While we have known for years that culture will always win over compliance, data from across our NAVEX Global benchmark reports and surveys of compliance officers shows a disturbing trend – employee facing initiatives are becoming more focused on compliance rather than driving a culture of integrity and respect. This inevitably leads to an increase in employee cynicism and a shift from what really matters. Organizations need to learn to identify vicious compliance so it does not undermine culture with the unintended consequence of achieving less compliance not more. Read more…

  1. Cyber Security Is Evolving & So Is Compliance’s Role in Prevention & Mitigation

Cyber security has been a priority – 2017 has made it an urgent one. Cyber security risk usually extends to all business units, operational units, employees and key third parties. That is why the compliance function is playing a critical role. Whenever organizations need to do something on an ongoing and systematic way, where people are to be held accountable, Compliance is front and center. Read more…

  1. The New Voice of the Whistleblower

Seven years after the launch of the U.S. Securities and Exchange Commission’s (SEC) whistleblower program, the voice of the whistleblower is starting to sound very different. It’s a little stronger, a little bolder, and a little louder. The volume and size of awards are not the only thing on the up. Tips, the submitted reports of whistleblowers, have increased even more drastically. Companies need to do their best to ensure they hear and resolve whistleblowers’ reports internally before reporters are motivated to go outside. Read more…

  1. Managing Culture & Free Speech in Polarizing Times

Employers need to learn how to manage discourse while maintaining their culture, and at the same time help their employees navigate these challenging times.

Today, the chasm that divides us feels deeper than it has felt in the past several decades. Our debates today aren’t just about big government or little government or whether we should fund a new school building; they are about race, gender, sex, sexual orientation, gender identity, national origin, and religion. And often, our conversations fuel and highlight the differences among us rather than bring us closer together. Employers need to learn how to manage discourse while maintaining their culture, and at the same time help their employees navigate these challenging times. Read more…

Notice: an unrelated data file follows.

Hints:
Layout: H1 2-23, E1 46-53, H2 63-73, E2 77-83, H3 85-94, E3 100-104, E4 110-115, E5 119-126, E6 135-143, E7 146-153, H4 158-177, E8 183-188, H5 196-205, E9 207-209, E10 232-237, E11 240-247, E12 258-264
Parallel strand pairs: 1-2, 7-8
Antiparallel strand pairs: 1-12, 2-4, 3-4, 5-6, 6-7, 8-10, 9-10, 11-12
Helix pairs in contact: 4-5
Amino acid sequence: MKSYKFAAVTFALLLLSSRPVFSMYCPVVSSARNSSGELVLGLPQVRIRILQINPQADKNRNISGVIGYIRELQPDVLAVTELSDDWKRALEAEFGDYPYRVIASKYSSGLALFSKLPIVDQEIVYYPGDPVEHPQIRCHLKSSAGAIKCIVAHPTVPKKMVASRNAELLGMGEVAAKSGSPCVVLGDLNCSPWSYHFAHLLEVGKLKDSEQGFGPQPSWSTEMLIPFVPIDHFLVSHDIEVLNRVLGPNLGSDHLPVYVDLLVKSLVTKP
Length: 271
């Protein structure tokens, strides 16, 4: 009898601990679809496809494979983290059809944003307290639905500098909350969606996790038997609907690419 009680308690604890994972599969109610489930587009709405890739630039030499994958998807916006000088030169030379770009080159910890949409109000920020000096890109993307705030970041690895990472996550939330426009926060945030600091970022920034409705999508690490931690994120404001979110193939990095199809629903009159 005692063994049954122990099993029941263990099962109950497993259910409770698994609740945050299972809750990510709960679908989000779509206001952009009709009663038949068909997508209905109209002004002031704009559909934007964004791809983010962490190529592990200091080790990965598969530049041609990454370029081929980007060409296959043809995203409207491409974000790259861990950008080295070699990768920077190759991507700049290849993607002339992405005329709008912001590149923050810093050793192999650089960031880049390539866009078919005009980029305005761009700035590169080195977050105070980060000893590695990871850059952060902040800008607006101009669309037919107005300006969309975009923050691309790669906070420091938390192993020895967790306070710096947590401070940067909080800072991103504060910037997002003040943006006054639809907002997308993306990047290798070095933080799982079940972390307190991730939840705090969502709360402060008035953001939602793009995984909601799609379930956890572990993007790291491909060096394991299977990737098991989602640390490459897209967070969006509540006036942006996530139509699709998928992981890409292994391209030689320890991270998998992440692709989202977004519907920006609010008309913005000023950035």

1. Data Privacy Has Become a Bigger Blip on the CCO Radar

Data privacy is by no means a new topic. However, privacy laws and the environments they regulate, have evolved dramatically. Regional and U.S. state-specific laws are developing rapidly and so is enforcement of those laws. This has made the financial and reputational impact of data privacy feel “real” and very new to many legal, IT and compliance teams, not to mention corporate executives and board members. Organizations will need to take key steps to stay abreast of the upcoming Global Data Protection Regulation (GDPR), data breaches, vendor management and data privacy. Read more…

  1. Innovation, Stagnation & the Future of the Compliance Professional

The early ethics officers borrowed from one another and often collaborated on innovative approaches to common problems. Over time, the business ethics movement gained momentum and spread worldwide. Within a decade, working professionals in the field settled on best practices for organizational compliance. However, what was first a movement has become a profession, and much of our time and energy is now devoted to fine tuning ethics and compliance programs, developing efficiencies, and addressing gaps and weaknesses that surface. Thus, as the ethics and compliance field has matured, our insulated and risk-averse discussions have inadvertently created the conditions that can lead to stagnation. If not corrected, this can eventually undermine our relevance. How do we rekindle innovation, collaborate across the industry and challenge one another to tackle new problems and solve old problems better? Read more…

Download the Full Top 10 White Paper Here


What do you have to say? Share your thoughts in the comments below or join a discussion group on Compliance Next.